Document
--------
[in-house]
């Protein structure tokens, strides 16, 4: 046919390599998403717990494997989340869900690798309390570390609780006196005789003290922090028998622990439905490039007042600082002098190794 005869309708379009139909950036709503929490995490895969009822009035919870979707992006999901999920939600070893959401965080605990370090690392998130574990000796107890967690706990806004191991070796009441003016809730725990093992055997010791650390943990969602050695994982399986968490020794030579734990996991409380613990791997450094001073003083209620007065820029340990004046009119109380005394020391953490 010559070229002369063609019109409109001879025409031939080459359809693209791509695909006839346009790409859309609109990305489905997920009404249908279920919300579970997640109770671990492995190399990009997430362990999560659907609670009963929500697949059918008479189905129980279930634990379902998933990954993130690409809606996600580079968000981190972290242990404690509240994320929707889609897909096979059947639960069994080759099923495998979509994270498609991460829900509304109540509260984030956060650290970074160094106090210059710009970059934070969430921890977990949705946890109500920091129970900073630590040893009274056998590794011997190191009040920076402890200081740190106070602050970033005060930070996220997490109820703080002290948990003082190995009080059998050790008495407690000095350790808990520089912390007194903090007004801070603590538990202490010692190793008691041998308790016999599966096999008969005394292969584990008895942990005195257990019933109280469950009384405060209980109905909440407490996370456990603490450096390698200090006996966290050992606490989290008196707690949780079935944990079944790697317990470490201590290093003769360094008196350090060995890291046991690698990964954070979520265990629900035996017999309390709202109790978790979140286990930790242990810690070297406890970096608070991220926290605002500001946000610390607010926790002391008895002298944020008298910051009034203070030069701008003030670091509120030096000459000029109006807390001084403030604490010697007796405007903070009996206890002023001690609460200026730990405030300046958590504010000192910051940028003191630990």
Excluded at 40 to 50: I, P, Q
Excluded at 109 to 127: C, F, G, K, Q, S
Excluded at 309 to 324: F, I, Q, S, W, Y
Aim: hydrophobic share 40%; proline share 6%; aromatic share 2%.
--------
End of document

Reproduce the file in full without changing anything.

[in-house]
């Protein structure tokens, strides 16, 4: 046919390599998403717990494997989340869900690798309390570390609780006196005789003290922090028998622990439905490039007042600082002098190794 005869309708379009139909950036709503929490995490895969009822009035919870979707992006999901999920939600070893959401965080605990370090690392998130574990000796107890967690706990806004191991070796009441003016809730725990093992055997010791650390943990969602050695994982399986968490020794030579734990996991409380613990791997450094001073003083209620007065820029340990004046009119109380005394020391953490 010559070229002369063609019109409109001879025409031939080459359809693209791509695909006839346009790409859309609109990305489905997920009404249908279920919300579970997640109770671990492995190399990009997430362990999560659907609670009963929500697949059918008479189905129980279930634990379902998933990954993130690409809606996600580079968000981190972290242990404690509240994320929707889609897909096979059947639960069994080759099923495998979509994270498609991460829900509304109540509260984030956060650290970074160094106090210059710009970059934070969430921890977990949705946890109500920091129970900073630590040893009274056998590794011997190191009040920076402890200081740190106070602050970033005060930070996220997490109820703080002290948990003082190995009080059998050790008495407690000095350790808990520089912390007194903090007004801070603590538990202490010692190793008691041998308790016999599966096999008969005394292969584990008895942990005195257990019933109280469950009384405060209980109905909440407490996370456990603490450096390698200090006996966290050992606490989290008196707690949780079935944990079944790697317990470490201590290093003769360094008196350090060995890291046991690698990964954070979520265990629900035996017999309390709202109790978790979140286990930790242990810690070297406890970096608070991220926290605002500001946000610390607010926790002391008895002298944020008298910051009034203070030069701008003030670091509120030096000459000029109006807390001084403030604490010697007796405007903070009996206890002023001690609460200026730990405030300046958590504010000192910051940028003191630990």
Excluded at 40 to 50: I, P, Q
Excluded at 109 to 127: C, F, G, K, Q, S
Excluded at 309 to 324: F, I, Q, S, W, Y
Aim: hydrophobic share 40%; proline share 6%; aromatic share 2%.